What is it?
Prosopagnosia, also known as face blindnesss, is a neurological disorder in which the afflicted individuals are unable to recognize faces. This inhibitory disability is often accompanied by the inability to recognize facial emotions, places, and personal belongings.
Prosopagnosia can result from either a birth defect or a number of other neurological events including strokes, brain injury, or neurodegenerative diseases. It is thought to affect the right fusiform gyrus, an area of the brain associated with associations between face perception and memory. The problem is not that the individuals cannot see the faces (meaning that the problem is not a visual one) nor is it solely a memory problem, for prosopagnosiacs experience no other associated memory disabilities. Therefore, the disconnect lies somewhere between when the brain recognizes facial features and when it attempts to store that information for later use.
I've never heard of this, so it's probably rare, right?
Well, there are two types of Prosopagnosia: onset and developmental. Due to the fact that onset occurs as a result of traumatic neurological impact events, it is more rare than its alternative: developmental. The acquisition of genetically acquired face blindness is extremely common, in fact, a child with a parent (who has Prosopagnosia) has a 50% chance in developing the disease.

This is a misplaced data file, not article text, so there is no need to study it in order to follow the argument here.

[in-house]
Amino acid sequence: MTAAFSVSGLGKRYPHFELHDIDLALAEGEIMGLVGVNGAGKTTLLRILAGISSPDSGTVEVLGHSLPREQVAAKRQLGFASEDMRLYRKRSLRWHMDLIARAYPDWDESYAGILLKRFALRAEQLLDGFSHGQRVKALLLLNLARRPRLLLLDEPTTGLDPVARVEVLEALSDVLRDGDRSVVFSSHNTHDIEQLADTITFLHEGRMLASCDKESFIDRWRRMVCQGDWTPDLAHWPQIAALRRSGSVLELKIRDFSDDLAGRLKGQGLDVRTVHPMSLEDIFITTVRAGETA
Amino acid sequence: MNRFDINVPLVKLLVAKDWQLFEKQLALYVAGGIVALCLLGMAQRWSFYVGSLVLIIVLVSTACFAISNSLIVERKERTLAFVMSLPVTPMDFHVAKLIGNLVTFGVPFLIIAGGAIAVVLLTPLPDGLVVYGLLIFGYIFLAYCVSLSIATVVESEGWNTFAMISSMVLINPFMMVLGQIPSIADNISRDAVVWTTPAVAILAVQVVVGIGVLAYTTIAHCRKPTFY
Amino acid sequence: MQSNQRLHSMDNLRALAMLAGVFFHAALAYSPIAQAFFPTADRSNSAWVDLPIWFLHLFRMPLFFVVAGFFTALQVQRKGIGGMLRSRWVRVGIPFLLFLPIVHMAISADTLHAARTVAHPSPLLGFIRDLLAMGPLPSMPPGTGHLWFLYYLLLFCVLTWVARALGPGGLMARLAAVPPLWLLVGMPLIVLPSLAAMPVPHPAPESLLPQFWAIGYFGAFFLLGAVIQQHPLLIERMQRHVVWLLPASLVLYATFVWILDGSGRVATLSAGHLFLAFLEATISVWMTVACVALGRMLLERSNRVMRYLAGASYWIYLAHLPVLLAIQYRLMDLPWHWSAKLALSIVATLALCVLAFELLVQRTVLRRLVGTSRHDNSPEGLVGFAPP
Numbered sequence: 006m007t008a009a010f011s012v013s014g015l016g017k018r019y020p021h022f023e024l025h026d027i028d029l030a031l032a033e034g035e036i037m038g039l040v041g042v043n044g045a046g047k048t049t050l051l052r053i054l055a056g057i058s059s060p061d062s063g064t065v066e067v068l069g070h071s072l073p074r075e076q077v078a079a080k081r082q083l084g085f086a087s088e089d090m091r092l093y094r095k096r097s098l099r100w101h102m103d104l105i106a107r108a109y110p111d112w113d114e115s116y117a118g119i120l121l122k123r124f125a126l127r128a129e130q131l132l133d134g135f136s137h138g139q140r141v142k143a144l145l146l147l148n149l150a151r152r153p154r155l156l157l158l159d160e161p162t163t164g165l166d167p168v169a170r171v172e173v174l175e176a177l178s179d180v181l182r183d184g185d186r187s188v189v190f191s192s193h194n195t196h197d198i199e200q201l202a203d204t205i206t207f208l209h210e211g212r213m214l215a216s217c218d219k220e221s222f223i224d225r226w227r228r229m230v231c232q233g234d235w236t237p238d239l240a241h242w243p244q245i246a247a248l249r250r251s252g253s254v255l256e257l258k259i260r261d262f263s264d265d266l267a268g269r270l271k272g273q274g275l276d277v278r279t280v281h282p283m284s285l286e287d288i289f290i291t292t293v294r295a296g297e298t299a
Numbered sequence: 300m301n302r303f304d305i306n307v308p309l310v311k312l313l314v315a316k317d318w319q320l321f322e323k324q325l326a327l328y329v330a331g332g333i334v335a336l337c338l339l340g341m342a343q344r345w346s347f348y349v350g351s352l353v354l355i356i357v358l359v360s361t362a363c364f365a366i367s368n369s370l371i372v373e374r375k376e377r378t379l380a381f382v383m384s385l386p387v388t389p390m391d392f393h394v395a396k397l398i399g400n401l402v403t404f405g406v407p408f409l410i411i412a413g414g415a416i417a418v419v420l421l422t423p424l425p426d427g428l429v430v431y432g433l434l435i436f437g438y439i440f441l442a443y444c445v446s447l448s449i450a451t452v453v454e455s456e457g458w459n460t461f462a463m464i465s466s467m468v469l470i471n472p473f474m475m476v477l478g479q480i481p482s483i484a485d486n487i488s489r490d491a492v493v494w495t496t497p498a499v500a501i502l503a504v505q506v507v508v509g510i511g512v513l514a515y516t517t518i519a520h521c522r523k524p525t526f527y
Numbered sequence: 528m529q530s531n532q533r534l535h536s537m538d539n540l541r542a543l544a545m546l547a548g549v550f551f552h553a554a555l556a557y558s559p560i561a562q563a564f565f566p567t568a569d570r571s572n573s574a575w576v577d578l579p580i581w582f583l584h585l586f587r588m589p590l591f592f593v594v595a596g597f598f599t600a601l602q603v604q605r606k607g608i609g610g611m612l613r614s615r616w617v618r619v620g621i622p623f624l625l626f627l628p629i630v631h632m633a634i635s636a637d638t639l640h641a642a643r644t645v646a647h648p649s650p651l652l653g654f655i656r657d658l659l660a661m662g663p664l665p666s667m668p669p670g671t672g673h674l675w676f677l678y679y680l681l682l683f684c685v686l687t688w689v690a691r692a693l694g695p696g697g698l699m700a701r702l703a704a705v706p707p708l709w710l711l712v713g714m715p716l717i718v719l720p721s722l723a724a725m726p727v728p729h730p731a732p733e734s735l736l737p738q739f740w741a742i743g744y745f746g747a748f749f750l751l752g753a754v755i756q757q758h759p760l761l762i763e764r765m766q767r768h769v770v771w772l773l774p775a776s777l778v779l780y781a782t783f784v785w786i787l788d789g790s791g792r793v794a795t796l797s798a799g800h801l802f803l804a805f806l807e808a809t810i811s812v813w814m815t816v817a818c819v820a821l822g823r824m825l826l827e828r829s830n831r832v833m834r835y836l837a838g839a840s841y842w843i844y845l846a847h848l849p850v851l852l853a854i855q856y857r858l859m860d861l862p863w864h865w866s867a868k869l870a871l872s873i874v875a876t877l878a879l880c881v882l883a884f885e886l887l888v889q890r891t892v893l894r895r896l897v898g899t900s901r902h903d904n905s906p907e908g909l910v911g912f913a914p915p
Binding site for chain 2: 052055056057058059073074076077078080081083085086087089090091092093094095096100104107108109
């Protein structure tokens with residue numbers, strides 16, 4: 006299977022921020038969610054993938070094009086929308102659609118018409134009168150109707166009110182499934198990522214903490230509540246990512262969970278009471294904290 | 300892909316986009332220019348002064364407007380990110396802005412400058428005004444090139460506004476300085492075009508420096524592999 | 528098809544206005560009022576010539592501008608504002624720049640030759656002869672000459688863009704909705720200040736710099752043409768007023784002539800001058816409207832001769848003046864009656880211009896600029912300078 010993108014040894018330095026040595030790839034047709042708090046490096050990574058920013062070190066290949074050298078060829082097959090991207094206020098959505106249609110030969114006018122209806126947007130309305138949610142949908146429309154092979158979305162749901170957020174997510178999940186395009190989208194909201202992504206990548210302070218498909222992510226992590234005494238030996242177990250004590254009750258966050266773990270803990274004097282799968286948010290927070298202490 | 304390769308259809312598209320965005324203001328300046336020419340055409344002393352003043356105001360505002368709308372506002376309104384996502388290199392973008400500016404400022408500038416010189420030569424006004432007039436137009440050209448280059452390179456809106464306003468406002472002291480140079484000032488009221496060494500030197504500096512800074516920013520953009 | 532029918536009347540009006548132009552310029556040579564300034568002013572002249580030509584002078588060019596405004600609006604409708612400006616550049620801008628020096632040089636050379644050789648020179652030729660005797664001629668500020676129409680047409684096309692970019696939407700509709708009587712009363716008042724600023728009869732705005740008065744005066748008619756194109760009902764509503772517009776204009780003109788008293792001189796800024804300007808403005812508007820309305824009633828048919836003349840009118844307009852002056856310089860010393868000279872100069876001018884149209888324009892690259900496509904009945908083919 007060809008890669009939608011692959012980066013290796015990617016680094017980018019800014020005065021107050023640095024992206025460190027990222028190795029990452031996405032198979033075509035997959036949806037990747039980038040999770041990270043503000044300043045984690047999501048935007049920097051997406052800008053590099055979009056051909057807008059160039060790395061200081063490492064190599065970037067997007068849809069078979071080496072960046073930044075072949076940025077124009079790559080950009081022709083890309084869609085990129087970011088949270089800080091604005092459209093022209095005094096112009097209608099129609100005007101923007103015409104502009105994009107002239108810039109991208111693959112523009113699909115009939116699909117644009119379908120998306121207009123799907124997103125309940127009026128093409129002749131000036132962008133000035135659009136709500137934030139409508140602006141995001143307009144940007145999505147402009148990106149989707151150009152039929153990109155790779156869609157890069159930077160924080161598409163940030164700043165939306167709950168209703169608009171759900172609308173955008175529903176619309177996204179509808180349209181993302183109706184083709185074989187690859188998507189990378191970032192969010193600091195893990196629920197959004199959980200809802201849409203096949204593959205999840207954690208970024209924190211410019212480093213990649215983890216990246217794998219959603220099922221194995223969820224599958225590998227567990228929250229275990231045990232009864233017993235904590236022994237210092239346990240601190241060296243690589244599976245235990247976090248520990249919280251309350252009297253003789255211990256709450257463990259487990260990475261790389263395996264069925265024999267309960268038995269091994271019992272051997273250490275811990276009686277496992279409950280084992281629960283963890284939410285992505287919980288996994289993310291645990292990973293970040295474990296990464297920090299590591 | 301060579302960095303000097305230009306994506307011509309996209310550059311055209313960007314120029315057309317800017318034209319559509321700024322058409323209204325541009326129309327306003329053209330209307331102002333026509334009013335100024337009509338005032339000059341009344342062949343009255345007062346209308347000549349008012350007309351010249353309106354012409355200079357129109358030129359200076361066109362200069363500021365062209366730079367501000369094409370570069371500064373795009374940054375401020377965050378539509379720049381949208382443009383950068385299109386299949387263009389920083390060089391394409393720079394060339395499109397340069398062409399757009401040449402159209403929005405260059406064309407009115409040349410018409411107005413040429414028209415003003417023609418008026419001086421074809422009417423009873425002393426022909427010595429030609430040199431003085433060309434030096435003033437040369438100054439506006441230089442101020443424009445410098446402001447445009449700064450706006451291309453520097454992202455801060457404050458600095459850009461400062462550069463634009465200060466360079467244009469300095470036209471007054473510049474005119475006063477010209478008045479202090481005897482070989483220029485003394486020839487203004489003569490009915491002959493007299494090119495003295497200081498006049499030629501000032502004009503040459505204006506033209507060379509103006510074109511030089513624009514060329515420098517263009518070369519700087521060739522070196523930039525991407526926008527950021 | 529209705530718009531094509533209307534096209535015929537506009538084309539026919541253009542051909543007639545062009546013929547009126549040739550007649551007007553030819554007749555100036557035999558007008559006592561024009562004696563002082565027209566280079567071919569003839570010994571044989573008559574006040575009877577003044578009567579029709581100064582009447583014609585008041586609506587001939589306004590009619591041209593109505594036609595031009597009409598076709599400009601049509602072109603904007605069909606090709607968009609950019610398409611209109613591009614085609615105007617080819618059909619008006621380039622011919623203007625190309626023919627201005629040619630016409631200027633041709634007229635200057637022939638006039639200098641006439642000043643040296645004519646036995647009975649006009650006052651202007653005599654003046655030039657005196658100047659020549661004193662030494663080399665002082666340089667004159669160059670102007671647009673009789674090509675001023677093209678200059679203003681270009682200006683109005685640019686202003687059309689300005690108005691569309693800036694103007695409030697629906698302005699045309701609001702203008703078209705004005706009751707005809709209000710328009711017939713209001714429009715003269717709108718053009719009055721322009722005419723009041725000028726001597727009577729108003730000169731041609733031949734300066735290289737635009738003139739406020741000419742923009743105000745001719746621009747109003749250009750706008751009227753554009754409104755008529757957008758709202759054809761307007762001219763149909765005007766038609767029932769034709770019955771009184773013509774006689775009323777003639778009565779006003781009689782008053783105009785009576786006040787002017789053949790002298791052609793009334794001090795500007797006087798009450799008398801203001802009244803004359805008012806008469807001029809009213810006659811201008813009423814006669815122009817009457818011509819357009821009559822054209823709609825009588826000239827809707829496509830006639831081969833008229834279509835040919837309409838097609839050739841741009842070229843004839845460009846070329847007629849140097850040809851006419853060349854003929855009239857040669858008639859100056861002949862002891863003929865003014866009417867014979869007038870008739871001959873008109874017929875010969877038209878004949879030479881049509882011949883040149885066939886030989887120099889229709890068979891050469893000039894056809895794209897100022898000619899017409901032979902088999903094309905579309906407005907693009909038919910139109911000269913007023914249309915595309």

- Failure to recognize immediate family members and close friends
- Apparent trouble following the storyline for series of television shows and movies
- Unable to recognize self in mirror
Secondary Associations and Proposed Treatments
As many debilitating diseases, face blindness typically results in a social disconnect between the affected and their social surroundings. There are significant findings that individuals who suffer from Prosopagnosia subsequently deal with social anxiety. Although there is no current treatment for facial blindness, afflicted individuals can be taught to identify important individuals in their life through other modes of recognition (i.e. body shapes, gaits, voice, etc.) in order to obtain the same level of familiarity with their peers and family as is experienced by those of us who do not suffer from such a neurological inhibition.
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